II. Downward-up or downward-out digital transformation of business
The ubiquity of digital technologies tends to thwart any attempts at gate-keeping or imposing a hierarchy. It also enables employees to undertake digital transformation within their workgroups which, if significantly successful, can radiate outwards and upwards across the organization. Such a scenario usually follows when one or more managers believe that a digital transformation business case is lacking. In this respect, this approach to digital transformation is kaizen in how process improvements are adopted without needing an order from above.
Often, those initiating the transformation are experts at using digital technologies and able to inspire others in their teams to acquire the necessary skills. However, without recognition within the organization and support from a business area head, such efforts may remain contained within the specific team. For instance, a team operating an oil well could undertake a data transformation that involves training machine learning algorithms using diverse unstructured data sources including historical drilling data, new drilling sensor data, environmental data, and geological data. The trained AI algorithm can then, for instance, help avoid adverse incidents during drilling.
III. Limited digital transformation
Some organizations may prefer a limited digital transformation and choose only to bring in digital culture in one aspect or business area. By doing so, organizations can take a trial-and-error approach to digital transformation without exposing the entire business to disruption. This can also be a compromise between employees wanting to go digital and management not willing to consider the risk. However, this may still necessitate appointing a chief digital officer as well as technical experts, which may need thinking through potential leadership conflicts. So while technological experts may have resources at their disposal, they may still need the backing of the upper management to implement transformative processes.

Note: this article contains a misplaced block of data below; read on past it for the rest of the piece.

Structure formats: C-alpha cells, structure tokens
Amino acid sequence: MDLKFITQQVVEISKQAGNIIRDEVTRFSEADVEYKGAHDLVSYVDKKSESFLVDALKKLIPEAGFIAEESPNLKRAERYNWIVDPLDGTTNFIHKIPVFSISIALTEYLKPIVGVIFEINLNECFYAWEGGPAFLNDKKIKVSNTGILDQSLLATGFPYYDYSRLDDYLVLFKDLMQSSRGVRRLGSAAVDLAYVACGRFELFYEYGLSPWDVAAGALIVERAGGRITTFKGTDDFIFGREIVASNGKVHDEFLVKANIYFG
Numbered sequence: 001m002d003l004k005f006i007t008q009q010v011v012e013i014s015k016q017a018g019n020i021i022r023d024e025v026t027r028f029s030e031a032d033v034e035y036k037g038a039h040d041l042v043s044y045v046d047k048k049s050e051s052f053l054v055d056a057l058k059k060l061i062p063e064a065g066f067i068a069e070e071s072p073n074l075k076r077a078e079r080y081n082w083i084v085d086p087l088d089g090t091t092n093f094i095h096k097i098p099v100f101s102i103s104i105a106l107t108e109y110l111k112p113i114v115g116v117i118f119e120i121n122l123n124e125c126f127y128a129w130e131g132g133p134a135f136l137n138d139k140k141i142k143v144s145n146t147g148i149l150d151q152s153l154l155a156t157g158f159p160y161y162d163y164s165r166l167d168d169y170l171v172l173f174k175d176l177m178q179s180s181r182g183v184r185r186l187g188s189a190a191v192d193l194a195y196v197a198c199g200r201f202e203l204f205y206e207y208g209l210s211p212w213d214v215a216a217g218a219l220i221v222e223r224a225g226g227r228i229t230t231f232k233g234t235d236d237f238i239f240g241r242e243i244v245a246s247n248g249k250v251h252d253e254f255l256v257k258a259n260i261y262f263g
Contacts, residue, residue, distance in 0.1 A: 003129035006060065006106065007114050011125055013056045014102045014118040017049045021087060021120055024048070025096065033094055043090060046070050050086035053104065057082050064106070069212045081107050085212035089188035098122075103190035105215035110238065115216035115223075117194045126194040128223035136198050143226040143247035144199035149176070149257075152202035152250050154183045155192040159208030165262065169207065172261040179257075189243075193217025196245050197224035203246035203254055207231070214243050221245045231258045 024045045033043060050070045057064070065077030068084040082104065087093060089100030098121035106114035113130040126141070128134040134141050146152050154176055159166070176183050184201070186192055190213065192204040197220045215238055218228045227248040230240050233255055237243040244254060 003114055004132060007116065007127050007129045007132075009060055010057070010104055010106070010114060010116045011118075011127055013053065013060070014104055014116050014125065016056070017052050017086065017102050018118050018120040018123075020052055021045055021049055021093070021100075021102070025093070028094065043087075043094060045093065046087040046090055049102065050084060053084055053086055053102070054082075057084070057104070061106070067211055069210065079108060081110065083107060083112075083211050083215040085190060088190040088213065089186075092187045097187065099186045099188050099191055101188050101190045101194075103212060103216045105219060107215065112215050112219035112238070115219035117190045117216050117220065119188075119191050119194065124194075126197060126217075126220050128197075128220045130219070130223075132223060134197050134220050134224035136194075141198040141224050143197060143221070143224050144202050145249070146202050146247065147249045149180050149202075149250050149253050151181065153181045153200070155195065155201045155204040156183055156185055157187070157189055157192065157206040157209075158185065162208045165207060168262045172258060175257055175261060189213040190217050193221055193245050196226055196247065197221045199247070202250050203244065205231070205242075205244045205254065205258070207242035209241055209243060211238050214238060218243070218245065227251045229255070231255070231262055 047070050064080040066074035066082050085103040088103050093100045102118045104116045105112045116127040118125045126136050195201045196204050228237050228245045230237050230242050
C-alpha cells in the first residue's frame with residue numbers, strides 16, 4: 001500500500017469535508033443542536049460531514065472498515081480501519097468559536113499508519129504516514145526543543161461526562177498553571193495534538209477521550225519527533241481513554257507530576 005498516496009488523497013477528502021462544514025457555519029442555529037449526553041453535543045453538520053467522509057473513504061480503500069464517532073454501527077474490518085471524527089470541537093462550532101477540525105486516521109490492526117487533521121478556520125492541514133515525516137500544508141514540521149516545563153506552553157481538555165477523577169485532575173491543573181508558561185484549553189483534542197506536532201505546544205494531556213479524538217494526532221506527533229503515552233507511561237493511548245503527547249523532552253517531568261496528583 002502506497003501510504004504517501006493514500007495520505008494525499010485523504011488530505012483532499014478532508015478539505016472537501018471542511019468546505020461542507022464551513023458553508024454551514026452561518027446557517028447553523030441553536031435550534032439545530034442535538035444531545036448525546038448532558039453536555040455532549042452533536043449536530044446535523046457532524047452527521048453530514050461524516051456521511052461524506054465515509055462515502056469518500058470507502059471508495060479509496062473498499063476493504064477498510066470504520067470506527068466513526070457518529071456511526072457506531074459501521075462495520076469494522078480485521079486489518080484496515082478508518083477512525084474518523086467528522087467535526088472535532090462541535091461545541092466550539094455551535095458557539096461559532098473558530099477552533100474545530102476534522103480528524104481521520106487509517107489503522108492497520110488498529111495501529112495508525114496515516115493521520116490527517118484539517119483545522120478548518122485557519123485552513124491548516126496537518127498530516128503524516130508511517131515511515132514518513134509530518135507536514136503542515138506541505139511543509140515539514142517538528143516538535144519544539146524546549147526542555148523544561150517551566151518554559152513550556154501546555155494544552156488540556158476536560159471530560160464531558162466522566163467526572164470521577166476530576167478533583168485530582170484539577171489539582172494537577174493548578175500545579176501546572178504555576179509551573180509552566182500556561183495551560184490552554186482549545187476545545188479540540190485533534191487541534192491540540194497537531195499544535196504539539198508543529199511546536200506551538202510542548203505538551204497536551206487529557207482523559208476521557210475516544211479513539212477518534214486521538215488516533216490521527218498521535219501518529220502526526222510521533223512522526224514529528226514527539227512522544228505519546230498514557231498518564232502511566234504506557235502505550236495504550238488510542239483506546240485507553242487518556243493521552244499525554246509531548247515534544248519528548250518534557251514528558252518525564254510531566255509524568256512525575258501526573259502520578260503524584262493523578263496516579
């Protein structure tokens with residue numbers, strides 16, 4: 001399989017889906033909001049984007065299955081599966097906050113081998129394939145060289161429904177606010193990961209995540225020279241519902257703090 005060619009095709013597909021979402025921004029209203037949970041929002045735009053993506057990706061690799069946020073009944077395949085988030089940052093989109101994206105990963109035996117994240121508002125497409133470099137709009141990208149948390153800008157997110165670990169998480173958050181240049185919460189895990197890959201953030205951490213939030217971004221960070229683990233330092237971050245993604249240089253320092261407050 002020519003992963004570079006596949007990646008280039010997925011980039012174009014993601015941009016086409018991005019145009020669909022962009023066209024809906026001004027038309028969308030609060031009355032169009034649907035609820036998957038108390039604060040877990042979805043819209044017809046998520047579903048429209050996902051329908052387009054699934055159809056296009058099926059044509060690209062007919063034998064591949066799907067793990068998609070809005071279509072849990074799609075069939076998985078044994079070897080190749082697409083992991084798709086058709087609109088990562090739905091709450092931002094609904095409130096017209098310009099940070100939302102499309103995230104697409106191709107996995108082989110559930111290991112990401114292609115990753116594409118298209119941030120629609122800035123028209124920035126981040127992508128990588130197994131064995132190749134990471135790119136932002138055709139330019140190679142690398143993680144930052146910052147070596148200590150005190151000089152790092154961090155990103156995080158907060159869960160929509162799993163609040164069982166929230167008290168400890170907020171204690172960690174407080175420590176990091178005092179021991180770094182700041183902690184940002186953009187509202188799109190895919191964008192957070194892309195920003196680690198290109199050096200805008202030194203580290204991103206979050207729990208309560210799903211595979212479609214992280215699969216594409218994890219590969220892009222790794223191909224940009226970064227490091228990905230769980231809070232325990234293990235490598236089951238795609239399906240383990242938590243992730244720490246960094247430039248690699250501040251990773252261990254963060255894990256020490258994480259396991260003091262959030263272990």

Consider the example of a consumer-facing firm that chooses to migrate to a digital-first sales approach by integrating social media marketing with a newly appointed digital payments team. They may need to bring in digital marketers as well as enhance marketing and sales spend. Both these decisions may require top-level approval, which may not have been forthcoming until made imperative by an external crisis. It is worth highlighting that agility is one of the goals of a digital transformation, with data-driven decision making helping managers cut down the time to action necessary changes. In some cases, embarking on digital transformation for business may itself require business leaders to be agile.
No matter which approach businesses take to achieve digital transformation, they need to start with a holistic understanding of the transformation’s purpose. This can be a strategic reorientation of the organization’s operating model, or it can be ushering in a digital mode of thinking and culture into organizational practices. But it is not simply about using digital channels for marketing or adopting AI to speed up data crunching. Digital transformation for business needs to be accompanied by a shift in business philosophy, with the firm-wide acknowledgment that there may not be a destination or exit point for digital transformation, embracing a digital culture will deliver process improvements, unlike previous transformative techniques.